“One factor explaining these enormous costs is the high rate of recurrence and chronic disability related to low-back disorders…It has been suggested that only 10% of LBP patients generate more than 80% of the total costs related to LBP.”
Because of the enormous costs of treating chronic back pain, prevention is an important goal. This current study set out to examine the role of chiropractic in treating chronic low back pain. The authors studied 30 patients who had back pain for at least six months. All patients were subjected to a one-month control period that consisted of no treatment. This was included so that the researchers could observe the natural course of the back pain symptoms.
After this baseline period, half of the patients (Group 1) received intensive chiropractic treatment consisting of 12 treatments in one month, then no treatments for nine months. The other half of the patients (Group 2) received the same intensive treatment, but also received maintenance chiropractic treatments every 3 weeks for nine months. At the end of the nine-month period, both groups were again examined.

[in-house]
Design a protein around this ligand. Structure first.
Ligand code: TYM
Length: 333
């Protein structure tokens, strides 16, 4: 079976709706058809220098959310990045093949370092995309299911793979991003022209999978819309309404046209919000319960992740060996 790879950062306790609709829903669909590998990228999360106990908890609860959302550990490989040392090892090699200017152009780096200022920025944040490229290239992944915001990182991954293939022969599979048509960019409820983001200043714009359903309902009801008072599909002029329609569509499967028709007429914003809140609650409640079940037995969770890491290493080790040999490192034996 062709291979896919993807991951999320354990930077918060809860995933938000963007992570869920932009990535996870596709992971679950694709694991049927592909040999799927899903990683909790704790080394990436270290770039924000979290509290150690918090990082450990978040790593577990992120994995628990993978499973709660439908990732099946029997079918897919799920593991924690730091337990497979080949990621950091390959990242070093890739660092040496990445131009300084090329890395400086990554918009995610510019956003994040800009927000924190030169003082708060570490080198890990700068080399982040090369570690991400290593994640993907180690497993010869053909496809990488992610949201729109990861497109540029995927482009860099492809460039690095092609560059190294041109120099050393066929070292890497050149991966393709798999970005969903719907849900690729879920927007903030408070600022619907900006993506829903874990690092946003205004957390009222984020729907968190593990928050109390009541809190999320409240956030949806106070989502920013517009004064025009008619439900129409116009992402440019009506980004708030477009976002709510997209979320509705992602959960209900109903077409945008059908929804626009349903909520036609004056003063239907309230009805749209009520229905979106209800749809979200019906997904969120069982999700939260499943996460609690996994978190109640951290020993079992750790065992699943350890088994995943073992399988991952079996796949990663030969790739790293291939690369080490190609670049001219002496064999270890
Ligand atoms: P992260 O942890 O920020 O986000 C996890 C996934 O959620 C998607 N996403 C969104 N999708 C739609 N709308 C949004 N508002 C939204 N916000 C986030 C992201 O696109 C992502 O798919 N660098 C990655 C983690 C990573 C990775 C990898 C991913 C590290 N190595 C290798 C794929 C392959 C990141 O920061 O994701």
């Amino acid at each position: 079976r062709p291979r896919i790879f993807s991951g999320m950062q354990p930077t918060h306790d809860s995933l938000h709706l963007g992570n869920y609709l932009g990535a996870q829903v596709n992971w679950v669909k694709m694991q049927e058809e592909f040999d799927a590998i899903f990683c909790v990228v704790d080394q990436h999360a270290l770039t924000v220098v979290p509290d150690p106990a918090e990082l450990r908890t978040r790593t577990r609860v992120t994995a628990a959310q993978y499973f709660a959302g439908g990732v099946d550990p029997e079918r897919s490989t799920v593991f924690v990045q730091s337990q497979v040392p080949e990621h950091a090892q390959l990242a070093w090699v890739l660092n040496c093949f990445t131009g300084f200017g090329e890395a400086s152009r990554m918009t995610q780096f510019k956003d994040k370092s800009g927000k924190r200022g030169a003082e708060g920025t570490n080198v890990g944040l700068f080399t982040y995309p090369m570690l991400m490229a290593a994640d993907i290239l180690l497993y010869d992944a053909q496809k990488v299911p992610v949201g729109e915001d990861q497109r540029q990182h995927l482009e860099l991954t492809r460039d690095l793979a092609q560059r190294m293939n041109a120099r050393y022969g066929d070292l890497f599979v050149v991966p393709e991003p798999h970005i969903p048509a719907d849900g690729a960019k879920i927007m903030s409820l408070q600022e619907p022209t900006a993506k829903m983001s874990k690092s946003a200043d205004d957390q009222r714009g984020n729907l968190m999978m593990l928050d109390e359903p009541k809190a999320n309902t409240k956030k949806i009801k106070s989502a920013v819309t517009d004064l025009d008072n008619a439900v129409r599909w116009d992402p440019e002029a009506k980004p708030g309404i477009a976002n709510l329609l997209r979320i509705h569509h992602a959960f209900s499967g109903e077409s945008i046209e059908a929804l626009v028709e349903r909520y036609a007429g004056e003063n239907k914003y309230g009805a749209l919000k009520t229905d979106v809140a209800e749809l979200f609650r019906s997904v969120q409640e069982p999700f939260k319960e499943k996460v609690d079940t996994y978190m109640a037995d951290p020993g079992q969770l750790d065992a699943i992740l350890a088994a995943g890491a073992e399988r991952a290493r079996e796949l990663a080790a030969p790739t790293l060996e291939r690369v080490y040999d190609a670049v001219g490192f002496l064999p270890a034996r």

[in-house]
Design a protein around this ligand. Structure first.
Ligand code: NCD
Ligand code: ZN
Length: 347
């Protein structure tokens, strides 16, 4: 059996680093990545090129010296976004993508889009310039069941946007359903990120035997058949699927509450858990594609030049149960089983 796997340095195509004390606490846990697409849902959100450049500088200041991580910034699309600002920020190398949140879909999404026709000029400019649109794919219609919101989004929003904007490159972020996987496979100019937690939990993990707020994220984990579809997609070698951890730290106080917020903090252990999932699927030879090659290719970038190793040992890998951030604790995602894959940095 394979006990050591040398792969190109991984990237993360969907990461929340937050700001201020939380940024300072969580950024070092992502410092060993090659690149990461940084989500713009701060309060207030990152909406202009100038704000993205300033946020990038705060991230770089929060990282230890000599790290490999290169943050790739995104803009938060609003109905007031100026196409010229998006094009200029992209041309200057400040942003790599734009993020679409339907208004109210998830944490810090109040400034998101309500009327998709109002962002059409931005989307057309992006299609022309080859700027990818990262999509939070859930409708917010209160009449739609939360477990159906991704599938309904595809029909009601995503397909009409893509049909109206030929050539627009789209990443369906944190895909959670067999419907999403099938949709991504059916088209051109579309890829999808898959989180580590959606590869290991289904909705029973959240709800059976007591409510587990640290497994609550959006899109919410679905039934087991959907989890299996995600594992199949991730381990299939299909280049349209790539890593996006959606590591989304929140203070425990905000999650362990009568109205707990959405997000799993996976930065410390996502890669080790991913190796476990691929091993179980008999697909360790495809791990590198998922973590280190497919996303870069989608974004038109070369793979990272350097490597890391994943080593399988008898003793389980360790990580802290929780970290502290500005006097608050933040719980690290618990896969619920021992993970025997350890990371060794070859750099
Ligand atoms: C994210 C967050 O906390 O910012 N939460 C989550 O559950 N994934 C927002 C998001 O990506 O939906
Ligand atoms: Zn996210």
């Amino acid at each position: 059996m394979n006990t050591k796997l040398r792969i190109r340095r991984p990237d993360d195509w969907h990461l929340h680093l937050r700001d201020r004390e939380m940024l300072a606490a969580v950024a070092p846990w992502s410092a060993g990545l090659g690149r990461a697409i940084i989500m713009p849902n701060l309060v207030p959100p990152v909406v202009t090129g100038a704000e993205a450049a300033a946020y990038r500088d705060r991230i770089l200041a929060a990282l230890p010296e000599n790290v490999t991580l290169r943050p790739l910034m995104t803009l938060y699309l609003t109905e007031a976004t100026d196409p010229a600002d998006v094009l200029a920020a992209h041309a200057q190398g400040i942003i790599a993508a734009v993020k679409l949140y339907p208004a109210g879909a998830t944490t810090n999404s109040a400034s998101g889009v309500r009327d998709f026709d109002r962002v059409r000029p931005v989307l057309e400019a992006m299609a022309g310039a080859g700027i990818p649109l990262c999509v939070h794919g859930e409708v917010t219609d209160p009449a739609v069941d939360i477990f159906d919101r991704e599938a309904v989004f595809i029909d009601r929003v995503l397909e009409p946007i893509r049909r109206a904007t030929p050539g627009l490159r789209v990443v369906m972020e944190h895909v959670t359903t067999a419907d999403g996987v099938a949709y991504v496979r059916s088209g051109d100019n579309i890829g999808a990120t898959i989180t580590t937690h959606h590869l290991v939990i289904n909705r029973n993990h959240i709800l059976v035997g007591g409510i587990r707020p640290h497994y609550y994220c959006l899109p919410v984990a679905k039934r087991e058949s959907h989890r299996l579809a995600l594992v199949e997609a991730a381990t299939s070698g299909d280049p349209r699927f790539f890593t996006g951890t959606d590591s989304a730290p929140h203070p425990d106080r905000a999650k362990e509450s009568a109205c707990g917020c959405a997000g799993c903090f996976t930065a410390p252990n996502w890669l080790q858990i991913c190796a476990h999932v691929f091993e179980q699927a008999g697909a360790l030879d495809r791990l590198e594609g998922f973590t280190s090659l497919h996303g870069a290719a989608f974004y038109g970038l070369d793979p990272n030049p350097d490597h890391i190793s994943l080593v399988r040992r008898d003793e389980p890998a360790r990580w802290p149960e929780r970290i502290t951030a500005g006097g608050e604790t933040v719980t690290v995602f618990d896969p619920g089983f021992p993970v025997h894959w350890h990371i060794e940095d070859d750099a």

After analyzing the results, the authors found the following:
The following graph illustrates the differences between the two groups on disability levels:
The authors conclude:
“This study appears to confirm previous reports showing that LBP and disability scores are reduced after spinal manipulation. It also shows the positive effects of preventive chiropractic treatment in maintaining functional capacities and reducing the number and intensity of pain episodes after an acute phase of treatment. Maintenance chiropractic care involving spinal manipulation combined with other treatment modalities (exercises, pain management program) should be investigated. Such combined interventions may have a critical influence on pain, disability, and return to work.”
Descarreaux M, Blouin JS, Drolet M, Papadimitriou S, Teasdale N. Efficacy of preventive spinal manipulation for chronic low-back pain and related disabilities: a preliminary study. Journal of Manipulative and Physiological Therapeutics 2004;27:509-514.